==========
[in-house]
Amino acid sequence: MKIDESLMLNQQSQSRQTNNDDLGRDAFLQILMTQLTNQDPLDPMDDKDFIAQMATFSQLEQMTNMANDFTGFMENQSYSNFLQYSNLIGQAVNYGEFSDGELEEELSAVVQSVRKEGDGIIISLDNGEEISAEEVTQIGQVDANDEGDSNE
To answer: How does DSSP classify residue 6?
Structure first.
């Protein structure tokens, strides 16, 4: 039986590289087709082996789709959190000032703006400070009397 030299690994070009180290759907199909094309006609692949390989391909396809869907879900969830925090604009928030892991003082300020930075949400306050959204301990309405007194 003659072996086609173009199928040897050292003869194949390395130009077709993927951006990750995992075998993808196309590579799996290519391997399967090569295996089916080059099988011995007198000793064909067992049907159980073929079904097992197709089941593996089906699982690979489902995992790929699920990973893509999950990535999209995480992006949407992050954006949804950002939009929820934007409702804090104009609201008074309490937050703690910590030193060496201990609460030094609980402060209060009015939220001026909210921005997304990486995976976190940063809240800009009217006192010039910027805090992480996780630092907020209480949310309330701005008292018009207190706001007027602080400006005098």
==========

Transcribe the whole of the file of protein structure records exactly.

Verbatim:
[in-house]
Amino acid sequence: MKIDESLMLNQQSQSRQTNNDDLGRDAFLQILMTQLTNQDPLDPMDDKDFIAQMATFSQLEQMTNMANDFTGFMENQSYSNFLQYSNLIGQAVNYGEFSDGELEEELSAVVQSVRKEGDGIIISLDNGEEISAEEVTQIGQVDANDEGDSNE
To answer: How does DSSP classify residue 6?
Structure first.
């Protein structure tokens, strides 16, 4: 039986590289087709082996789709959190000032703006400070009397 030299690994070009180290759907199909094309006609692949390989391909396809869907879900969830925090604009928030892991003082300020930075949400306050959204301990309405007194 003659072996086609173009199928040897050292003869194949390395130009077709993927951006990750995992075998993808196309590579799996290519391997399967090569295996089916080059099988011995007198000793064909067992049907159980073929079904097992197709089941593996089906699982690979489902995992790929699920990973893509999950990535999209995480992006949407992050954006949804950002939009929820934007409702804090104009609201008074309490937050703690910590030193060496201990609460030094609980402060209060009015939220001026909210921005997304990486995976976190940063809240800009009217006192010039910027805090992480996780630092907020209480949310309330701005008292018009207190706001007027602080400006005098």